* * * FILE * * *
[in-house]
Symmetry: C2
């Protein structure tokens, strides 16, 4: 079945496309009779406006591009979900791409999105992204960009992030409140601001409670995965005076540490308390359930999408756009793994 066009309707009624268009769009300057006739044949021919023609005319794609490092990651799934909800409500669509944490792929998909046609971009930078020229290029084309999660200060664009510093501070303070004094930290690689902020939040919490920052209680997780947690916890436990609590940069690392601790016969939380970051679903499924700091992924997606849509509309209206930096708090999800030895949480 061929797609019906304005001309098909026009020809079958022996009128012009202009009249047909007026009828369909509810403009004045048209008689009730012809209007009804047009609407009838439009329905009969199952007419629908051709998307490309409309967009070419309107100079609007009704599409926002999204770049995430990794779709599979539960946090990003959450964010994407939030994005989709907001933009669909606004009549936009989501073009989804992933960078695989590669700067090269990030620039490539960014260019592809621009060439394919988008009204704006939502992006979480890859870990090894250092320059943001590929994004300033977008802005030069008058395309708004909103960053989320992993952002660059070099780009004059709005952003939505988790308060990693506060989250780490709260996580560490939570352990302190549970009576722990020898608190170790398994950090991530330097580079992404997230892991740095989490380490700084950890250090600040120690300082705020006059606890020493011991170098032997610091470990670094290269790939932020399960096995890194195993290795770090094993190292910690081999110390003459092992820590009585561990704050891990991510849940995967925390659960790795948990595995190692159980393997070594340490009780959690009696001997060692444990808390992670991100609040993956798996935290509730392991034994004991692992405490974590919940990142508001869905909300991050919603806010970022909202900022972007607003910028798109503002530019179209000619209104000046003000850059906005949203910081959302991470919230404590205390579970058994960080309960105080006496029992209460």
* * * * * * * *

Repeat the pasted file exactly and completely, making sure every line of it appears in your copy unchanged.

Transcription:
[in-house]
Symmetry: C2
């Protein structure tokens, strides 16, 4: 079945496309009779406006591009979900791409999105992204960009992030409140601001409670995965005076540490308390359930999408756009793994 066009309707009624268009769009300057006739044949021919023609005319794609490092990651799934909800409500669509944490792929998909046609971009930078020229290029084309999660200060664009510093501070303070004094930290690689902020939040919490920052209680997780947690916890436990609590940069690392601790016969939380970051679903499924700091992924997606849509509309209206930096708090999800030895949480 061929797609019906304005001309098909026009020809079958022996009128012009202009009249047909007026009828369909509810403009004045048209008689009730012809209007009804047009609407009838439009329905009969199952007419629908051709998307490309409309967009070419309107100079609007009704599409926002999204770049995430990794779709599979539960946090990003959450964010994407939030994005989709907001933009669909606004009549936009989501073009989804992933960078695989590669700067090269990030620039490539960014260019592809621009060439394919988008009204704006939502992006979480890859870990090894250092320059943001590929994004300033977008802005030069008058395309708004909103960053989320992993952002660059070099780009004059709005952003939505988790308060990693506060989250780490709260996580560490939570352990302190549970009576722990020898608190170790398994950090991530330097580079992404997230892991740095989490380490700084950890250090600040120690300082705020006059606890020493011991170098032997610091470990670094290269790939932020399960096995890194195993290795770090094993190292910690081999110390003459092992820590009585561990704050891990991510849940995967925390659960790795948990595995190692159980393997070594340490009780959690009696001997060692444990808390992670991100609040993956798996935290509730392991034994004991692992405490974590919940990142508001869905909300991050919603806010970022909202900022972007607003910028798109503002530019179209000619209104000046003000850059906005949203910081959302991470919230404590205390579970058994960080309960105080006496029992209460």